You’ve looked for a job for the last few months with little success. Maybe a few nibbles, but it’s gotten harder and harder to keep a positive outlook as multiple resumes and cover letters yield a variety of “thanks, but no thanks.” As a result, the last time you went out for an evening with friends, when one asked the seemingly innocuous question about the job search, you responded, “Not great. When it changes, I’ll let you know.” This abruptly shut down the conversation (and the suggestion that one of them was about to make about an opportunity she knew of).
As you search for a job, it may sometimes seem daunting, and if you’ve looked for a while, your optimism may have taken a bit of a nosedive. But know that a positive attitude can, indeed, impact your job search for the better.
- It affects your follow-through. Naturally, when you get rejected multiple times, you begin to feel negatively about getting up every day and slogging through another round of internet searches, refinements of a cover letter and checking that resume one more time to see what adjustments or mistakes need to be tended to. So, you begin to procrastinate, missing opportunities because you simply cannot go through it again. If you start to get in this frame of mind, switch it up. Look at what else you can do: Can you network with someone through a fellow connection in person or on LinkedIn? Follow up on leads? Find a class that might help improve your skills? Get yourself out of the rut of procrastination by looking at a new way to search.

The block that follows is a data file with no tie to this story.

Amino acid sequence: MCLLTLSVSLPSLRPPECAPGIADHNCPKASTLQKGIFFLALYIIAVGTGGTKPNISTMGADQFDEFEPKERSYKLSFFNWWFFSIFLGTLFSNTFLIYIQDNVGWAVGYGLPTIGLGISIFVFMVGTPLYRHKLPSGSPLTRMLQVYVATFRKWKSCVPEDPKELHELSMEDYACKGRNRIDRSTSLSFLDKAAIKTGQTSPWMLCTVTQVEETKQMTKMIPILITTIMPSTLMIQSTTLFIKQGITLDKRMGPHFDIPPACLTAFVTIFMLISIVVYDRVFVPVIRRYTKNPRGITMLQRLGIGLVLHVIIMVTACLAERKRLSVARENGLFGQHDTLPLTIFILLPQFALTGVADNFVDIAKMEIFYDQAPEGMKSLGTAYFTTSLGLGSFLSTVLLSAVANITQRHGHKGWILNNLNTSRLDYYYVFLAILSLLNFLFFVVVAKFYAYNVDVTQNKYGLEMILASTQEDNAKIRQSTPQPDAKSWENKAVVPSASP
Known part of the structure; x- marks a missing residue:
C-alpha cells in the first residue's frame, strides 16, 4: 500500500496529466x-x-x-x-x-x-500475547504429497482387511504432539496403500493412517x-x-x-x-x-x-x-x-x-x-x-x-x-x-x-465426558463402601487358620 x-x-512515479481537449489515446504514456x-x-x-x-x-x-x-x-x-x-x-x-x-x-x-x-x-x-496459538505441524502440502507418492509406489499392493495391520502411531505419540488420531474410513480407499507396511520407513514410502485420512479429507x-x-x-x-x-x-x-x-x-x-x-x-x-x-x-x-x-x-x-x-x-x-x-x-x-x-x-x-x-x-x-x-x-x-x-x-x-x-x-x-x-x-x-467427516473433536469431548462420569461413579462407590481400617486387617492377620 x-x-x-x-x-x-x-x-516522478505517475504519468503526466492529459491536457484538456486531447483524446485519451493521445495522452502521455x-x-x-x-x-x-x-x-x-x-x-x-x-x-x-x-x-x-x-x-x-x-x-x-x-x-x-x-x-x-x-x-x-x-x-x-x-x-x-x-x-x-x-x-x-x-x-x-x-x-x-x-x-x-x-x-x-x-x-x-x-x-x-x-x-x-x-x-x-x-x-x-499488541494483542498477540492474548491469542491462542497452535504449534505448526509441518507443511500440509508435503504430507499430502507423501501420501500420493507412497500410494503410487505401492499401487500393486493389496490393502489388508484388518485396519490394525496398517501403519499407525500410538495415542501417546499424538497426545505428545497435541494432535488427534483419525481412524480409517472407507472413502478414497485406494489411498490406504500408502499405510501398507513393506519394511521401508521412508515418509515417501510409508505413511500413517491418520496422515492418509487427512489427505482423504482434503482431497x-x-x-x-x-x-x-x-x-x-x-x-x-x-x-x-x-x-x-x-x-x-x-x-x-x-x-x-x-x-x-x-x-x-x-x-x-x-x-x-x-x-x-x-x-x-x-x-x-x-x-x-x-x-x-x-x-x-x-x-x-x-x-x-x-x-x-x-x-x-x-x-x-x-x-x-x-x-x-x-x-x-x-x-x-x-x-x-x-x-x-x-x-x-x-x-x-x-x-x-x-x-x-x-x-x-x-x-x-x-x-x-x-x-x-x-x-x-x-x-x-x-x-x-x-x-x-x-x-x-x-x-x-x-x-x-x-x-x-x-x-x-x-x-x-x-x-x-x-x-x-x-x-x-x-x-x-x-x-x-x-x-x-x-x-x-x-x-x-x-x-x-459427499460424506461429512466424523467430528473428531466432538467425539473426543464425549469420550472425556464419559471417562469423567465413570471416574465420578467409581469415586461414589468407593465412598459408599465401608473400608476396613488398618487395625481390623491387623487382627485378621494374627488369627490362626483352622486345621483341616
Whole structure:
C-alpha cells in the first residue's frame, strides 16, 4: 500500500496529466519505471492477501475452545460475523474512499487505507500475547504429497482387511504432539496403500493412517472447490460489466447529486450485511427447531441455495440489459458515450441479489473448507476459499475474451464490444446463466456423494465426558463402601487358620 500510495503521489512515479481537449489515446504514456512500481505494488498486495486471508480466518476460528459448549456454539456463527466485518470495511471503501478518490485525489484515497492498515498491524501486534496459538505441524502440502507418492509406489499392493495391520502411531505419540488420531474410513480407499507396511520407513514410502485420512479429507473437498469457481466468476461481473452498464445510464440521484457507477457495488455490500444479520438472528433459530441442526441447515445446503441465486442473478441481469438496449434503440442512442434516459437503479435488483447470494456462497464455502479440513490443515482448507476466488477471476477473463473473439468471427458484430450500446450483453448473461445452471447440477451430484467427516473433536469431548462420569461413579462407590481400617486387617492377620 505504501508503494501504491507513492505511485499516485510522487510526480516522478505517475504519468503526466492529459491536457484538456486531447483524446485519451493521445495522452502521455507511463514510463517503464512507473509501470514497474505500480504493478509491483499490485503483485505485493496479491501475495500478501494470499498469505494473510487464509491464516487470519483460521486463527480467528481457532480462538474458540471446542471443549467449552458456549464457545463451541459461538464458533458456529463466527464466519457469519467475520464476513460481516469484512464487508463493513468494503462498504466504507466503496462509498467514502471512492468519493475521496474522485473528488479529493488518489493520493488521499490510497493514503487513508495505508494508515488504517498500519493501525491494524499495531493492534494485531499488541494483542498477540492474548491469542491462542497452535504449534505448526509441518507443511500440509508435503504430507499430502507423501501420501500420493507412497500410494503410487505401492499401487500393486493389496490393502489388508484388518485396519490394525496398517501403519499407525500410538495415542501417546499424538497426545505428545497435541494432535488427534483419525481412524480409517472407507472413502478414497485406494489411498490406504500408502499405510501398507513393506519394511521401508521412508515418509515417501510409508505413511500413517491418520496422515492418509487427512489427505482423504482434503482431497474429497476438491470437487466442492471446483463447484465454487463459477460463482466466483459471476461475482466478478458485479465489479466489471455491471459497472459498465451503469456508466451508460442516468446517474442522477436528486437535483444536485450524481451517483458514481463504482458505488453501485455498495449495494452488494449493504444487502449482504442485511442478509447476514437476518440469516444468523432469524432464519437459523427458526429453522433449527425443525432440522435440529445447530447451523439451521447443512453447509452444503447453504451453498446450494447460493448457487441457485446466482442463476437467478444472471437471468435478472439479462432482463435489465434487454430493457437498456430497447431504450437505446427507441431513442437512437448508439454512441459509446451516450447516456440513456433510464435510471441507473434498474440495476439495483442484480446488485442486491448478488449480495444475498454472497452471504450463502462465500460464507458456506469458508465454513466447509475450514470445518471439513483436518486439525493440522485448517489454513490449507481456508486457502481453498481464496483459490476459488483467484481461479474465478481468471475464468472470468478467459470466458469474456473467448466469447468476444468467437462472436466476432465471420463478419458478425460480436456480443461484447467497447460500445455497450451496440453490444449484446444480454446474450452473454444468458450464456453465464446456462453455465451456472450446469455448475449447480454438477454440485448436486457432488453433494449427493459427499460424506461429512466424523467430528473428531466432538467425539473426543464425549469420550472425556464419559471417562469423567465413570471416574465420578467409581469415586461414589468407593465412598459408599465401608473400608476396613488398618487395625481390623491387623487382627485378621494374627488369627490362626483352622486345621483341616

- It affects your application and resume. Sometimes a positive attitude is all about perception. When you write your resume and cover letter, you may unwittingly use phrases that bring yourself down. For example, instead of writing “I learned about the position with XYZ Company and know my experience and background make me an excellent candidate for the position,” you write, “I learned about the position with XYZ Company, and I think I would be a good fit.” Even using know instead of think shows a difference in confidence and positivity. Strong, positive language can make a difference to anyone reading about you.
- It affects your interview. If you walk into an interview nervous you might not get it, worried you won’t have the requirements they need, it will subconsciously show in your body language and the language you use to describe yourself. Enter with your head held high (literally), look everyone in the eye, have a firm handshake — all those little tricks help. Put a positive spin on things. For example, when asked why you left your previous job, instead of saying, “I’m not sure. I just didn’t feel like it was the right fit,” try, “I felt that I had done all I could within the position and wanted a new challenge. This position will do just that.”
Your attitude will not only help your job search, it will help you land the job because employers want to work with employees who have a positive outlook. For advice on attitude and finding your next job, reach out to the staffing professionals at PrideStaff Thousand Oaks Ventura County.